phase in which the class identifies itself in terms of the
corporate-economic interests of its integrated elements and as
an economic group. Then there is the purely political phase in
which the class realizes that its own economic interests, in their
present and future development, go beyond the corporative
circle of a mere economic group, and can and must become the
interests of other oppressed groups. This is the purely political
phase which marks the passage from structure to the sphere of
complex superstructures.[5] At this point, when it becomes
conscious of itself and its existence as a social class, the
proletariat can then proceed to forge or develop a comprehensive
world-view and advance a political programme allowing for its
manifestation as a constituted political party playing a truly
progressive and historical role and seeking to absorb other
leading sections of the other oppressed groups and classes. At
this point, in other words, the proletariat begins to engage in the
struggle for social hegemony.
It is important to stress that Gramscis concept of hegemony
finds a context of relevance in post-1923 Western Europe (and
particularly in Italy). This is due to the fact that Gramsci
appreciated in great detail the fundamental differences that
existed between 1917 Russia and post-1923 Western Europe.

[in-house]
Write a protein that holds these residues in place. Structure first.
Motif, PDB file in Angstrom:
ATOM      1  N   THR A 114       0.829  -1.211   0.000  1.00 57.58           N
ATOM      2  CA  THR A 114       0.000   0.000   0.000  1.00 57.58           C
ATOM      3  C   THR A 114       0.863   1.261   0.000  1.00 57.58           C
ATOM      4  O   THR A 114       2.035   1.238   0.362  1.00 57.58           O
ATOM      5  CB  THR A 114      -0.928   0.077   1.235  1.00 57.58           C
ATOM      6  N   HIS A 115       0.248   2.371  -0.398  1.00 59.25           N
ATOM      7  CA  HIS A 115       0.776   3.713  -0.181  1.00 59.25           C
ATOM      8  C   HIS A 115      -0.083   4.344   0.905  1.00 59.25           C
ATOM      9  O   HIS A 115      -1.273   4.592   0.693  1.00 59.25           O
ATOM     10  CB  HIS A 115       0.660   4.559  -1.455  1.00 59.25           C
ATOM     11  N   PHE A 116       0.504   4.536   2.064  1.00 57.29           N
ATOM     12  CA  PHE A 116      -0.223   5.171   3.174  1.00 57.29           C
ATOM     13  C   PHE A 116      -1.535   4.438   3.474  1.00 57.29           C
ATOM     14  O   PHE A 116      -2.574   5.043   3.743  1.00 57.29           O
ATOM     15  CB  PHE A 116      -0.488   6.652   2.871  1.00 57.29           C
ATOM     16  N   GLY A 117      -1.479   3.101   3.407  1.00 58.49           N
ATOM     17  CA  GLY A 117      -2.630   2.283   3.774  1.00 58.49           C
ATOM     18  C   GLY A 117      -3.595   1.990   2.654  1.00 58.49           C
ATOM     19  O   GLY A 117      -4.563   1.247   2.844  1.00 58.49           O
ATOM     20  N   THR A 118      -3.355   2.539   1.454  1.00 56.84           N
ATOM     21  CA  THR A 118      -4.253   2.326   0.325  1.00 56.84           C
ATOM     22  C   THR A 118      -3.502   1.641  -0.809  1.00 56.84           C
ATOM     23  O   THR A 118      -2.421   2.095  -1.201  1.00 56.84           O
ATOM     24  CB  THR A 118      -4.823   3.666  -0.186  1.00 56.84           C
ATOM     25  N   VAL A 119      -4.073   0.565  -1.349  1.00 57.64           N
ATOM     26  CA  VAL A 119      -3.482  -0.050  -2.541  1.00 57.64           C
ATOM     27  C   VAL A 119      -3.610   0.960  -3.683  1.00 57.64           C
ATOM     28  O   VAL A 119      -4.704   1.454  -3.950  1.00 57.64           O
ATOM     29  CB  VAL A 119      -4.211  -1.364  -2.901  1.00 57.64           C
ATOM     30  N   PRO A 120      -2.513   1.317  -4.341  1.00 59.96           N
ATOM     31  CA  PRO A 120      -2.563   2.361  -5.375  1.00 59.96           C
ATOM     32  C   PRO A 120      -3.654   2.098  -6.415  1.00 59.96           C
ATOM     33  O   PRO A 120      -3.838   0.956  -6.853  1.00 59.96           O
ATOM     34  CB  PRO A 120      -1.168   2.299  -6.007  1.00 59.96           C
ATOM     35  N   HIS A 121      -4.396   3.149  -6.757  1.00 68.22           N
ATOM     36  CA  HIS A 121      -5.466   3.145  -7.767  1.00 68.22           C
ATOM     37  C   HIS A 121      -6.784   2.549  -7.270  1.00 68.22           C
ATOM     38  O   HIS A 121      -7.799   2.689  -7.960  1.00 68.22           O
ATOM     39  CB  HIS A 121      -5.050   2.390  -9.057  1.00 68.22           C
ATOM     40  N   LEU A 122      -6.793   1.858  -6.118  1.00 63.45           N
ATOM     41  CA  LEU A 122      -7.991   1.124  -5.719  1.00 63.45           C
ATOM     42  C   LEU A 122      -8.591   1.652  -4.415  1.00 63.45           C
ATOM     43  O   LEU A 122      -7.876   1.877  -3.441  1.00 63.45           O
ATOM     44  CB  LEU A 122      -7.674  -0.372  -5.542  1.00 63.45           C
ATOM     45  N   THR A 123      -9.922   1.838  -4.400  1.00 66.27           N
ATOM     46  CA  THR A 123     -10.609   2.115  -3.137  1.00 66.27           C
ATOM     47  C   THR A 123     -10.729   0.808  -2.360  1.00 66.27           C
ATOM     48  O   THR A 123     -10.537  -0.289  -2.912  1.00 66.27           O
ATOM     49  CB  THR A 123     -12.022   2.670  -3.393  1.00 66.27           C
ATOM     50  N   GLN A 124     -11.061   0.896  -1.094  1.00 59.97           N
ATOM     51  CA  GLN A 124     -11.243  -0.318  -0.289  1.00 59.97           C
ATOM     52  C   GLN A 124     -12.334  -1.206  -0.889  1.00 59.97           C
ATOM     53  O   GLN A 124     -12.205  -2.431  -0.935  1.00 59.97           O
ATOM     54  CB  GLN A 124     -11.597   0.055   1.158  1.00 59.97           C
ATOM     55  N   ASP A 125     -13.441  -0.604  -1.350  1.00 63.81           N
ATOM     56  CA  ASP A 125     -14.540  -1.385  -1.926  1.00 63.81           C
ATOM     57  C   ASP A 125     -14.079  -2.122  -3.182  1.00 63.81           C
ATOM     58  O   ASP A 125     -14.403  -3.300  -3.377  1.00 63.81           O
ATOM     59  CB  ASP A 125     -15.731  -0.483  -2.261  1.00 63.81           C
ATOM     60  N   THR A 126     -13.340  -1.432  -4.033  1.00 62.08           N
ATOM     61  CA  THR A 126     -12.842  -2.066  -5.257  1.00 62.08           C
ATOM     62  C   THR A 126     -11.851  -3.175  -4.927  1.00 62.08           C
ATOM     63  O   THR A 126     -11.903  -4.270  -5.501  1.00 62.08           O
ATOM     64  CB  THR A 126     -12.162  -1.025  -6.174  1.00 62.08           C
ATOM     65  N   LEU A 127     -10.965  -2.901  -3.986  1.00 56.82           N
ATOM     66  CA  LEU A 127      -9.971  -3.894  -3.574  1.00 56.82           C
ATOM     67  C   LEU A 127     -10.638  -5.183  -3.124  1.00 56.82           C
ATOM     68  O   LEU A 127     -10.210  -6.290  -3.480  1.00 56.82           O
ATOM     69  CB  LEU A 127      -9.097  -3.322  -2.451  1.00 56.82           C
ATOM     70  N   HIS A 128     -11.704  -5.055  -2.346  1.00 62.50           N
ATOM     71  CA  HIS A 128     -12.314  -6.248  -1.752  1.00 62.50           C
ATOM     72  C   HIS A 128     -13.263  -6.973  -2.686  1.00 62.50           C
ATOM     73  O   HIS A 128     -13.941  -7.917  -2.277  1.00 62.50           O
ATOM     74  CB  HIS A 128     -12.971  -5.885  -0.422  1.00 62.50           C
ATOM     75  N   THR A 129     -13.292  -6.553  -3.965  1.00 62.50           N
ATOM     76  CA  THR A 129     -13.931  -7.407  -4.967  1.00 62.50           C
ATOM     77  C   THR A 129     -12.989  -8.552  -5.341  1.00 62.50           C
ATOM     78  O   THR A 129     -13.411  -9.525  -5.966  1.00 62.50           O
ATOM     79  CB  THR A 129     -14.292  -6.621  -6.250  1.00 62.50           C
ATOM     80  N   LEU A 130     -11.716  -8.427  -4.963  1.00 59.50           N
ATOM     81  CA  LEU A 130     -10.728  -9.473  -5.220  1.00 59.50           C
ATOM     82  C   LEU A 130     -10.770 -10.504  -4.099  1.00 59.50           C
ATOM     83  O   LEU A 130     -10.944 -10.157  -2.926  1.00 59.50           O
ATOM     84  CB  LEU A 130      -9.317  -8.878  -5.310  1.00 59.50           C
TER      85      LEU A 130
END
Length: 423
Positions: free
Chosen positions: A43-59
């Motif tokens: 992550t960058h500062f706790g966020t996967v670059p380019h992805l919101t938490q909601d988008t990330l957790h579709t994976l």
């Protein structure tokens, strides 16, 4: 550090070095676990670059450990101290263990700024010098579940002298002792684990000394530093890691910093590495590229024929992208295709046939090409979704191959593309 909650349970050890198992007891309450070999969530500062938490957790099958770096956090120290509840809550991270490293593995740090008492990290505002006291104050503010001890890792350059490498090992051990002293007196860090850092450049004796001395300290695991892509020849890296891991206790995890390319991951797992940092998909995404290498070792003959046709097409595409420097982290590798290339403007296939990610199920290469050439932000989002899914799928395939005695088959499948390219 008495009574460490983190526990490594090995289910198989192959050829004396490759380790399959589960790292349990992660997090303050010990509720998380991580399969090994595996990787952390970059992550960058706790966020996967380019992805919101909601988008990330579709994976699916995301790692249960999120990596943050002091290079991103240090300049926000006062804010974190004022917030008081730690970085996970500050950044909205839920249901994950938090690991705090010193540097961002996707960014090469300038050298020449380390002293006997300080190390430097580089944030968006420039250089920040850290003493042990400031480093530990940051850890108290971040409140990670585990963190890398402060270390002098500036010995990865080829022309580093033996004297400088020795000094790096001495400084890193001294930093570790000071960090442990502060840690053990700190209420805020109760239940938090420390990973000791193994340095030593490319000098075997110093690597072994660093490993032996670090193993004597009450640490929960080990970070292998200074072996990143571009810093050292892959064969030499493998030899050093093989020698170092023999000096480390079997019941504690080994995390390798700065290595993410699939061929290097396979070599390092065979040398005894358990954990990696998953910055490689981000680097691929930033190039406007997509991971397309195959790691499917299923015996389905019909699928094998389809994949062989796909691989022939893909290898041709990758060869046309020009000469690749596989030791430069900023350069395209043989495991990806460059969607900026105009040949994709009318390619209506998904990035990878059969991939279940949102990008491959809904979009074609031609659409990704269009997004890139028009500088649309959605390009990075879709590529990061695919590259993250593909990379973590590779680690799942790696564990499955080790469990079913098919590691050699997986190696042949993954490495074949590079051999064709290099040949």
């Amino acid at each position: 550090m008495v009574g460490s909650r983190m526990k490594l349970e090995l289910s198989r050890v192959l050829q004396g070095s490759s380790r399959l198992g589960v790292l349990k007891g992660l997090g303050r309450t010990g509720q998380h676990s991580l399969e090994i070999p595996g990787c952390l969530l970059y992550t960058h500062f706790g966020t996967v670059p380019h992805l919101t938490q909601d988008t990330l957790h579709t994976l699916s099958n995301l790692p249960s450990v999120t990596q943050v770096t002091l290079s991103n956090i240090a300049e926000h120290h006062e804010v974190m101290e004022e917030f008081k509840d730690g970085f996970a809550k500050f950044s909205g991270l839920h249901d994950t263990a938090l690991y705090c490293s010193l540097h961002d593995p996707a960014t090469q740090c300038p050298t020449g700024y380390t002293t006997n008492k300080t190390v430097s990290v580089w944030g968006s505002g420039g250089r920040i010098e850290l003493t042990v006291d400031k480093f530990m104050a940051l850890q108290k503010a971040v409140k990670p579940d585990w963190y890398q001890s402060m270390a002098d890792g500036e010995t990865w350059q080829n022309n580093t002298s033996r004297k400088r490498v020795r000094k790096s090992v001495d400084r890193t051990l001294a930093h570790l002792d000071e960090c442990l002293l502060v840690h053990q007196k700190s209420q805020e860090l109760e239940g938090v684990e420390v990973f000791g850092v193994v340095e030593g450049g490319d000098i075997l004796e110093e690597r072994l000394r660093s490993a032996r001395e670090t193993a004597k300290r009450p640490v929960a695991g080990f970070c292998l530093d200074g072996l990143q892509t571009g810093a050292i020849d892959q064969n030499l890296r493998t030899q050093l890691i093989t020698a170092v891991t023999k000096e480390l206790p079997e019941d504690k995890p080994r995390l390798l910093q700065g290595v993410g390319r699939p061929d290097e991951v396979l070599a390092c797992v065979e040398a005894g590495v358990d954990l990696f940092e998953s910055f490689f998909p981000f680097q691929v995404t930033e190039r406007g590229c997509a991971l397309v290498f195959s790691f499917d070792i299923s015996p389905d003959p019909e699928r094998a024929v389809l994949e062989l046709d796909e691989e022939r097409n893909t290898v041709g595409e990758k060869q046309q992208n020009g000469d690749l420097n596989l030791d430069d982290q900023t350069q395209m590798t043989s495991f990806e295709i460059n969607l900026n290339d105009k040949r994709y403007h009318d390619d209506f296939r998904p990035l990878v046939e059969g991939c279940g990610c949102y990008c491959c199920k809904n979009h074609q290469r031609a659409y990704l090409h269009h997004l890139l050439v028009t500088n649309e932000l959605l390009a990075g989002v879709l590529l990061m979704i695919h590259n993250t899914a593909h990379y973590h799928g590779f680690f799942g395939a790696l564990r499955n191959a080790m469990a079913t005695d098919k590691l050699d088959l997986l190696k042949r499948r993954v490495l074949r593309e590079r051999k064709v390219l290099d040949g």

Indeed, Gramsci believed that in such distinct contexts the class
struggle then changes from a war of maneouver to a war of

position fought mainly on the cultural front. [6] What is this war
of position which Gramsci is talking about?
War of Position

First of all, Gramsci is talking about war of position for the


attainment of hegemony. This war is thus carried on at the level
of civil society. Indeed, once the proletariat becomes class
conscious and overcomes its corporativism it can and must begin
to exercise a role of political, moral, and intellectual leadership
vis-a-vis other social classes to gradually acquire their
spontaneous loyalty. Yet this role of leadership must be devoted
to the struggle against the existing hegemonic system, and the
struggle itself waged on all three basic levels of society: (1) the
economic, (2) the political, and (3) the cultural. Incidentally, the
economic struggle of the proletariat even precedes historically
the purely political phase. Nevertheless, at the inception of the